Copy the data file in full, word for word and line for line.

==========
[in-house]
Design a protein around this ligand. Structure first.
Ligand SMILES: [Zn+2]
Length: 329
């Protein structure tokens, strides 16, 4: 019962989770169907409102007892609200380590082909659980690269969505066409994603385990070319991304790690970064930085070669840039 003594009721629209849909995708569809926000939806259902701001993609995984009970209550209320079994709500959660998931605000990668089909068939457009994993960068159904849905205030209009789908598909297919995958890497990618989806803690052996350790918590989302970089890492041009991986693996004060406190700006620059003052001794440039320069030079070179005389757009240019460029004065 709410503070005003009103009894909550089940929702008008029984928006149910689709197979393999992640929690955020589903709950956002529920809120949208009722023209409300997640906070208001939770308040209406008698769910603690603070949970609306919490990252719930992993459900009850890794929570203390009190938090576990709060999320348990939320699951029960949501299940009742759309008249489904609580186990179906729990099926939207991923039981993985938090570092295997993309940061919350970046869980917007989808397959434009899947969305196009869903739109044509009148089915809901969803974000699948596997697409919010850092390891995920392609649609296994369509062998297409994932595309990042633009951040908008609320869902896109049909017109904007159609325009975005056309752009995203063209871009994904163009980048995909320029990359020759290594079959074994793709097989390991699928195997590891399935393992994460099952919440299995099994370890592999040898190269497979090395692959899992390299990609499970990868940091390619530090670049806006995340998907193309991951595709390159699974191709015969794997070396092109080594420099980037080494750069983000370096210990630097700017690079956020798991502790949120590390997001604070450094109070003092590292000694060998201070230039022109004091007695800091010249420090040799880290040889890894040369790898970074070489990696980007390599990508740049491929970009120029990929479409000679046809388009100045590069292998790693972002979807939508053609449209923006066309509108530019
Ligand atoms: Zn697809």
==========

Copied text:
[in-house]
Design a protein around this ligand. Structure first.
Ligand SMILES: [Zn+2]
Length: 329
């Protein structure tokens, strides 16, 4: 019962989770169907409102007892609200380590082909659980690269969505066409994603385990070319991304790690970064930085070669840039 003594009721629209849909995708569809926000939806259902701001993609995984009970209550209320079994709500959660998931605000990668089909068939457009994993960068159904849905205030209009789908598909297919995958890497990618989806803690052996350790918590989302970089890492041009991986693996004060406190700006620059003052001794440039320069030079070179005389757009240019460029004065 709410503070005003009103009894909550089940929702008008029984928006149910689709197979393999992640929690955020589903709950956002529920809120949208009722023209409300997640906070208001939770308040209406008698769910603690603070949970609306919490990252719930992993459900009850890794929570203390009190938090576990709060999320348990939320699951029960949501299940009742759309008249489904609580186990179906729990099926939207991923039981993985938090570092295997993309940061919350970046869980917007989808397959434009899947969305196009869903739109044509009148089915809901969803974000699948596997697409919010850092390891995920392609649609296994369509062998297409994932595309990042633009951040908008609320869902896109049909017109904007159609325009975005056309752009995203063209871009994904163009980048995909320029990359020759290594079959074994793709097989390991699928195997590891399935393992994460099952919440299995099994370890592999040898190269497979090395692959899992390299990609499970990868940091390619530090670049806006995340998907193309991951595709390159699974191709015969794997070396092109080594420099980037080494750069983000370096210990630097700017690079956020798991502790949120590390997001604070450094109070003092590292000694060998201070230039022109004091007695800091010249420090040799880290040889890894040369790898970074070489990696980007390599990508740049491929970009120029990929479409000679046809388009100045590069292998790693972002979807939508053609449209923006066309509108530019
Ligand atoms: Zn697809």